What is pusillanimous?

What Does pusillanimous Mean

From the Latin pusillanimis , pusilánime is an adjective that mentions the lack of courage and courage to endure misfortunes or to overcome great challenges. Someone cowardly is fearful, doubtful, and lacking in courage . For example: "Soldiers cannot be cowardly: they always have to act with determination and courage" , "Don't be cowardly and confront your father" , "Ricardo is cowardly; he tolerates everyone disrespecting him and never dares to defend his position ” .

Courage, bravery, impetus, bravery and audacity are some of the concepts that are opposed to the attitude of a cowardly person, a behavior that does not include firm decisions and determination , but is associated with weakness, fear, fear and doubt.

The former Argentine military and politician Aldo Rico , who rose up against the democratic order in 1987 and 1988 , and was mayor of the Buenos Aires party of San Miguel , used this term (which had fallen into disuse in Argentina for a long time) to despise and attack your opponents.
Nobody can like to receive the qualification of cowardice, since it is an offense . The values ​​that the concept attacks are considered very important (such as bravery or courage) and no person admits, at least publicly, that they lack these qualities.
Analysis of « The formation of the fainthearted «
In 2008, the well-known Spanish writer and editor Javier Marías published an opinion article in the newspaper El País entitled " The formation of the fainthearted ", in which he denounced the obsession of societies to create regulations that structure our lives . He assured that little by little we are renouncing our freedom , each time we submit to a new norm or when an activity that until a certain moment in history was possible becomes a crime.
In the past, as animals do, human beings were capable of confronting our problems, opposing our aggressors, and demanding that we be respected; Today, almost no one is willing to participate in the resolution of their own conflicts , as they expect someone to take care of them. The laws and regulations oppress us and, in turn, take away the burden of thinking about everything we do, from anteponernos the consequences of our actions, because any error will commit automatically evidenced by the appropriate agency.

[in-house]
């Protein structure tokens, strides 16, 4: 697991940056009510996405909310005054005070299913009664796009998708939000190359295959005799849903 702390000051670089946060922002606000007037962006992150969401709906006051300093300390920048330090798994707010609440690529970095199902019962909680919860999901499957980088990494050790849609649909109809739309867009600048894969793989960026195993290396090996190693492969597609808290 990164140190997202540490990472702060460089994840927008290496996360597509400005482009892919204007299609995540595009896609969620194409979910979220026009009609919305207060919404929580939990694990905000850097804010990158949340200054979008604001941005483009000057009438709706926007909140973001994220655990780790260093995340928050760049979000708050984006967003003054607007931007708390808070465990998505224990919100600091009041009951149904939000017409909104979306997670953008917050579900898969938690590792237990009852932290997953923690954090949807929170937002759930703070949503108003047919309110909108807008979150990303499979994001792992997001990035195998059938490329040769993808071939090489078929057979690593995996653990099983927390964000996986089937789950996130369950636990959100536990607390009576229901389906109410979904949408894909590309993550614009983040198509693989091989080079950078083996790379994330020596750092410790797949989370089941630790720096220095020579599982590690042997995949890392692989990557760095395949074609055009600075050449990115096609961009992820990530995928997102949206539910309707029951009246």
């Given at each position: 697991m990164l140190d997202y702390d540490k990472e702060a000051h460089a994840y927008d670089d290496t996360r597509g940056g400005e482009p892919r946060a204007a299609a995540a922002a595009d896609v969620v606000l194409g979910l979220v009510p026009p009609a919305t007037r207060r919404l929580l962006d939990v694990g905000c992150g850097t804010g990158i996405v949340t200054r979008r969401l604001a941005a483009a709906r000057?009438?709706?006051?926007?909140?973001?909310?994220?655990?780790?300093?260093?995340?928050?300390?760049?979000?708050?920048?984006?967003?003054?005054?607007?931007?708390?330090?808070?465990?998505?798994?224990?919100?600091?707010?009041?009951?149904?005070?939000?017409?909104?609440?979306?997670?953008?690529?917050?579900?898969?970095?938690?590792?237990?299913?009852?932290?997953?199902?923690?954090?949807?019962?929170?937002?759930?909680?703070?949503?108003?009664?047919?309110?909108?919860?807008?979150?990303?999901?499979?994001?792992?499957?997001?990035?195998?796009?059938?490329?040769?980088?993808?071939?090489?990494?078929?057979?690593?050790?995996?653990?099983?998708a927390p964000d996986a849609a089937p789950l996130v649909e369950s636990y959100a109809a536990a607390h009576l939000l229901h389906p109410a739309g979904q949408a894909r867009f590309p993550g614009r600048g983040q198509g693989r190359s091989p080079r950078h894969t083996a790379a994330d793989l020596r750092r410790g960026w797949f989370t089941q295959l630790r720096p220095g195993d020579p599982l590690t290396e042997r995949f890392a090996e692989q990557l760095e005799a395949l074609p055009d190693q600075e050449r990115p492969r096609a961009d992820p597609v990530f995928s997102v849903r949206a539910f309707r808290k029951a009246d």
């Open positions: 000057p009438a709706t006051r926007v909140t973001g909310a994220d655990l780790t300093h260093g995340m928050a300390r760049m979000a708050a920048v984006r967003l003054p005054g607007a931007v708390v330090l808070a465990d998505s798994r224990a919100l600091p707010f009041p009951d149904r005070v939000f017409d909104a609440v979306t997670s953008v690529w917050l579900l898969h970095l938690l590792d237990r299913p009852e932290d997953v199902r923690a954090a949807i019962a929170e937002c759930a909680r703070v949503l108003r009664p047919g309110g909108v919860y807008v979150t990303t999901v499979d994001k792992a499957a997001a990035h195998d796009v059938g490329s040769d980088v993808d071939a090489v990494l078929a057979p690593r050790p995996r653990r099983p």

Another problem that he raises in his article is the repression that teachers must endure, especially in North America, given the paranoia that revolves around sexual harassment, more precisely, its "visual" variant. It explains that it is common for teachers to fix their eyes on a person while teaching classes, regardless of their gender and sexual orientation, seeking to "impersonate" the entire class in an unconscious way, and highlights the danger that this entails today, since some students may take such action as a lust-laden annoyance.
Faced with the danger of receiving a complaint for visual sexual harassment , a large part of the American educational body seeks to stare at the ceiling or the walls of the classrooms while they do their work. This may seem trivial, but it is one more example of the deficiency of our social structures, which are no longer based on direct communication, on dialogue, but on walking ready-made paths, no matter where they lead us.
In summary, Javier Marías treats with height and literary skill an undeniable phenomenon that should concern us all: we are losing our identity as a species; We have become irritable and cowardly beings who don't even know why they are offended, but they do remember which number to call to demand compensation.

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